Kantianism:  Is founded under core believes of honesty and Freedom. That’s how a business should conduct its self. Businesses are expected to act in a way that respect and honor individual and their choices. Don’t lie, cheat, manipulate or harm others to get your way. The enforcement action against McKesson isn’t the first time the company has been investigated for failing to report suspicious drug orders. In 2008, the drug distributor agreed to pay a $13.25 million civil penalty and enter into an administrative agreement over similar violations. The government’s most recent investigation into McKesson’s Controlled Substances Act violations uncovered evidence that even after designing a compliance program in the aftermath of the 2008 settlement, McKesson failed to fully implement or adhere to its own program. In Colorado, for example, McKesson processed more than 1.6 million orders for controlled substances between June of 2008 and May of 2013. During that time, the drug distributor allegedly reported only 16 orders (or .001 percent) as suspicious. All 16 suspicious orders were connected to one instance involving a single customer that had been recently terminated. A Kant would say this is not ethical since they use people as mere means to their ends.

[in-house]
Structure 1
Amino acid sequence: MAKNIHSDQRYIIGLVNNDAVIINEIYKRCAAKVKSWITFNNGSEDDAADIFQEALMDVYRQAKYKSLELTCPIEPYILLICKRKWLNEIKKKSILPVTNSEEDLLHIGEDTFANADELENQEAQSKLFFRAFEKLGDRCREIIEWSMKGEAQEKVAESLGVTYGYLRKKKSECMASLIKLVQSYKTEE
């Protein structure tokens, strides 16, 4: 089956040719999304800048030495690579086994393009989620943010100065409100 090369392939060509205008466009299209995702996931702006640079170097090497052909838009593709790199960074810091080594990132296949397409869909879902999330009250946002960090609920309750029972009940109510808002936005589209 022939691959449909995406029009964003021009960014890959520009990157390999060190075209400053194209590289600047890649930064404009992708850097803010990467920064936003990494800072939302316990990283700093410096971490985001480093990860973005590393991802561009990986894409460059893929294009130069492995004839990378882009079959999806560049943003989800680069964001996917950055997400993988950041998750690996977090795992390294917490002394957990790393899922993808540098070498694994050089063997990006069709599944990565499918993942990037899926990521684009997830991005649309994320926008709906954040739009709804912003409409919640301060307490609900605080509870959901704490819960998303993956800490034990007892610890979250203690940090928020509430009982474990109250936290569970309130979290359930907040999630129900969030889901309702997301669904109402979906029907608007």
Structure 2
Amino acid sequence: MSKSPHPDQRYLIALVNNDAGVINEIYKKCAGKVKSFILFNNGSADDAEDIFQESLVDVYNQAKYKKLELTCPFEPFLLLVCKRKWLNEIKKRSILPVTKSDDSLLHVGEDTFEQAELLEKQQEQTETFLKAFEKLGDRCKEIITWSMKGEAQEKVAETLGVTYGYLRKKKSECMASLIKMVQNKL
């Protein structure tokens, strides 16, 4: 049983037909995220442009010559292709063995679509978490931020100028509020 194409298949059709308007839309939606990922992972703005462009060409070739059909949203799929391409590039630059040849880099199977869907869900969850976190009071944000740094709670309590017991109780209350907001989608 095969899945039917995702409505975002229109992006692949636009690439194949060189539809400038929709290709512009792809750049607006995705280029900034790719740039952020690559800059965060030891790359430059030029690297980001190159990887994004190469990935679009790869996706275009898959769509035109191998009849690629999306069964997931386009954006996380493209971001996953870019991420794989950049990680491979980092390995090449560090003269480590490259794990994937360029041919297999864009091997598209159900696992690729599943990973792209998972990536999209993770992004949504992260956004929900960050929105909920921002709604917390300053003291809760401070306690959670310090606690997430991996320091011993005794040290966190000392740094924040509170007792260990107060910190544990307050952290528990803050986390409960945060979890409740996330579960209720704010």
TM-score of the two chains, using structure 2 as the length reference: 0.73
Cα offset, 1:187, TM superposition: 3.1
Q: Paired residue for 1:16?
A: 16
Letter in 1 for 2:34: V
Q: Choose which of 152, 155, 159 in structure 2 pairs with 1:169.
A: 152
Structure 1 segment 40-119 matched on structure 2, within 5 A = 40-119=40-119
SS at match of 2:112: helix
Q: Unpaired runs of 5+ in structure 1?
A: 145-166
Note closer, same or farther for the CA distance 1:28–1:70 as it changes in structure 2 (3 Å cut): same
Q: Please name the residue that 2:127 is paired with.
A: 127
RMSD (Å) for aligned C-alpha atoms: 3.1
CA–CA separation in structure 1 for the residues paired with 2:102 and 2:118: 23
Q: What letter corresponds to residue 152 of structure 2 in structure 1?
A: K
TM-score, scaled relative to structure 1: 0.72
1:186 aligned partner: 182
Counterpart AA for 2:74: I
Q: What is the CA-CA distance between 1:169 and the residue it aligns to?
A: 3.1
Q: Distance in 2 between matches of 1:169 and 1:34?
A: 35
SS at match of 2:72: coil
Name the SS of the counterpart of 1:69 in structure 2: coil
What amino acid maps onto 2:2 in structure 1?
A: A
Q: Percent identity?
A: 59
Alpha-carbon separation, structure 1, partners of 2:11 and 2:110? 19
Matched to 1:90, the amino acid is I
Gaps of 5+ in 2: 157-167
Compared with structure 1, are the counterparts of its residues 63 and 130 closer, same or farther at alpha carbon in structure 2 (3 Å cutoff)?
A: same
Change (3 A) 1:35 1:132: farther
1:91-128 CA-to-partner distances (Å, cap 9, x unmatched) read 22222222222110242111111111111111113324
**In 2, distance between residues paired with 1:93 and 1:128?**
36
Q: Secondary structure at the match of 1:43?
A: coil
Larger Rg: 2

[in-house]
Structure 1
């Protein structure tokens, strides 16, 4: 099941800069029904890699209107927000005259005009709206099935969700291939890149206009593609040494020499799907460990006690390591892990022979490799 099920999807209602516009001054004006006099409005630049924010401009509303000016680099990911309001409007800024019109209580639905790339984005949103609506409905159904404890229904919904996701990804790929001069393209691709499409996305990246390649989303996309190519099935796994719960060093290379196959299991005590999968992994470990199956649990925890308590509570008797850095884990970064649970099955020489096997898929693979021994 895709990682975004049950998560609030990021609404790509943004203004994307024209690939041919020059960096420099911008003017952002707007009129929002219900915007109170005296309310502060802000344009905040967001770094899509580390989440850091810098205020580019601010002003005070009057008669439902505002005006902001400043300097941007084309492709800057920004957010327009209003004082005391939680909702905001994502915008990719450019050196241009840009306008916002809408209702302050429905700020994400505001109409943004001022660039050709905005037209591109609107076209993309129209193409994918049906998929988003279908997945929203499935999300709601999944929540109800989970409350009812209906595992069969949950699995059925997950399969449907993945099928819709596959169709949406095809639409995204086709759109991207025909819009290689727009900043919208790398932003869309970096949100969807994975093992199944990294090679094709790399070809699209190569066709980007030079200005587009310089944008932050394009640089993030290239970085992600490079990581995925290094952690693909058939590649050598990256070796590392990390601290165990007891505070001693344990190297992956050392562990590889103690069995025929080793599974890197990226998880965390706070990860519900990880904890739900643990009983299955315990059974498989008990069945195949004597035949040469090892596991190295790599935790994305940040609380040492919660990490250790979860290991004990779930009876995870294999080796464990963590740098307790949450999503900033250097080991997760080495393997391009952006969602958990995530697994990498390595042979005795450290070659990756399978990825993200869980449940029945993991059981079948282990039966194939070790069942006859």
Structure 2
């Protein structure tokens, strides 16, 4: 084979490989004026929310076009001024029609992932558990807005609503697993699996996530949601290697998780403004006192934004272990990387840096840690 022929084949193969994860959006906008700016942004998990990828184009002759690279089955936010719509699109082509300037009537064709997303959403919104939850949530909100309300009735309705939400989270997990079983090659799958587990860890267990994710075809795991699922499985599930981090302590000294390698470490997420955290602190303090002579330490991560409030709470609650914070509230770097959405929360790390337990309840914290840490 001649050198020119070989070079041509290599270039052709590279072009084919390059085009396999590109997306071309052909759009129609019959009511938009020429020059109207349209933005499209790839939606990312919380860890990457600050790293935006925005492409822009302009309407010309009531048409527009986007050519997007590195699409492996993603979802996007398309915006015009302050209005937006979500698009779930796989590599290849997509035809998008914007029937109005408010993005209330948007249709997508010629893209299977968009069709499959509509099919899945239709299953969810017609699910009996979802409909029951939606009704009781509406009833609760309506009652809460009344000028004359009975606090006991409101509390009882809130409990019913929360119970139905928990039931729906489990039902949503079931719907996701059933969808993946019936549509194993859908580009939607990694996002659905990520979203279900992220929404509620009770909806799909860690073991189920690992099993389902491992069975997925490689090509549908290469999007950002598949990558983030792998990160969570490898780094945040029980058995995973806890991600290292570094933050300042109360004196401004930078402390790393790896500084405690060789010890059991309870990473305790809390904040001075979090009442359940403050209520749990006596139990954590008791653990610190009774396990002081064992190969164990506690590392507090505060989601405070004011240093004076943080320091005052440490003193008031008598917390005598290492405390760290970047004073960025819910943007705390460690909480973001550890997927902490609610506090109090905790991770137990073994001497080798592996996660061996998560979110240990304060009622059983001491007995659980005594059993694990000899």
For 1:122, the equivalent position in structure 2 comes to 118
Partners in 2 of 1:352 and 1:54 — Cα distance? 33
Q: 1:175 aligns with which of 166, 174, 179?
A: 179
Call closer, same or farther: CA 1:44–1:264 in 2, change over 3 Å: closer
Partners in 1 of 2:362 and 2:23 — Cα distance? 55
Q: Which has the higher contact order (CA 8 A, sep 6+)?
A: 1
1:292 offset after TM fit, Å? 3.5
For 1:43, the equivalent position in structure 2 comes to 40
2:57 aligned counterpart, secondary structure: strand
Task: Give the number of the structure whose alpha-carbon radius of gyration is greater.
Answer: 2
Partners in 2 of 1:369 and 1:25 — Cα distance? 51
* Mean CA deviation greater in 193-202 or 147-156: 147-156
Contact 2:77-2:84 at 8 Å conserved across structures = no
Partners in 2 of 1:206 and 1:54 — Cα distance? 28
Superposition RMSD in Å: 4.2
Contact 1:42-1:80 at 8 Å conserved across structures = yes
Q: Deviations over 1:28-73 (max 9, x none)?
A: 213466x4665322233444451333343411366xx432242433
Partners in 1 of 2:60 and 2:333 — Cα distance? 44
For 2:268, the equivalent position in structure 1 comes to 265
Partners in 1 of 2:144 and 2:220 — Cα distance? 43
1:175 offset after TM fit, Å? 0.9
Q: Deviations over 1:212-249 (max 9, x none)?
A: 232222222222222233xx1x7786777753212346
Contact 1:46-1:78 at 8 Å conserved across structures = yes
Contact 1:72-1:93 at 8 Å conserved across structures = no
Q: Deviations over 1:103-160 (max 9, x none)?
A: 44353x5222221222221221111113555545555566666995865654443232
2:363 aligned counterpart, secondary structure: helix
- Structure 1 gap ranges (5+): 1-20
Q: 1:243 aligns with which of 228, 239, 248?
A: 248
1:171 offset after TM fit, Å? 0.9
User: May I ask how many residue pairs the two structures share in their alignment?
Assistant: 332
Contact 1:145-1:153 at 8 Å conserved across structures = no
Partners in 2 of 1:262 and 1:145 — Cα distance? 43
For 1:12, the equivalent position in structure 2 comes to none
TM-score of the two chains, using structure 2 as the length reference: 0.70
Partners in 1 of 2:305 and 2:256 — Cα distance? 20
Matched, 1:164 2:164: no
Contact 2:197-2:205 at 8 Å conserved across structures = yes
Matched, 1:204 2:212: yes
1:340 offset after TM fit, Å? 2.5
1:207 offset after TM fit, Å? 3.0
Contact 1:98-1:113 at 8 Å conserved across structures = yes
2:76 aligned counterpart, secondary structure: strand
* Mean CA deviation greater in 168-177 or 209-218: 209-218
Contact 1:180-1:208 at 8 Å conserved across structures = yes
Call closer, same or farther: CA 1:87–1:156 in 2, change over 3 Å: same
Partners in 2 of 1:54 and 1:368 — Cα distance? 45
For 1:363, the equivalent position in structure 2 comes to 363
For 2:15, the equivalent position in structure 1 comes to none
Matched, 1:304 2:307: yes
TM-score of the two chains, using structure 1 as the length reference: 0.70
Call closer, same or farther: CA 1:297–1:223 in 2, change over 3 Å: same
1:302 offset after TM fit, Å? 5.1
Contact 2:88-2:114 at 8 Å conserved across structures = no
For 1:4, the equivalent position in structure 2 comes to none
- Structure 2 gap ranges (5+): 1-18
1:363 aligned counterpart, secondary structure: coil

pharmaceutical regulation a must.
Virtue Theory: Virtue Theory was developed by Aristotle.  Virtue Theory focuses on rationality and whether a person is virtuous or not.  There are 4 main virtues that include courage, honesty, temperance, and justice.  Aristotle said that rationality is what differentiates characteristics of people. So, people need to be rational in order to live a virtuous life.  Aristotle also said that people need to be rational in order to function well and said that if a thing achieves its function then the thing is happy.  Therefore, people who function well will live a virtuous life (Salazar, 23).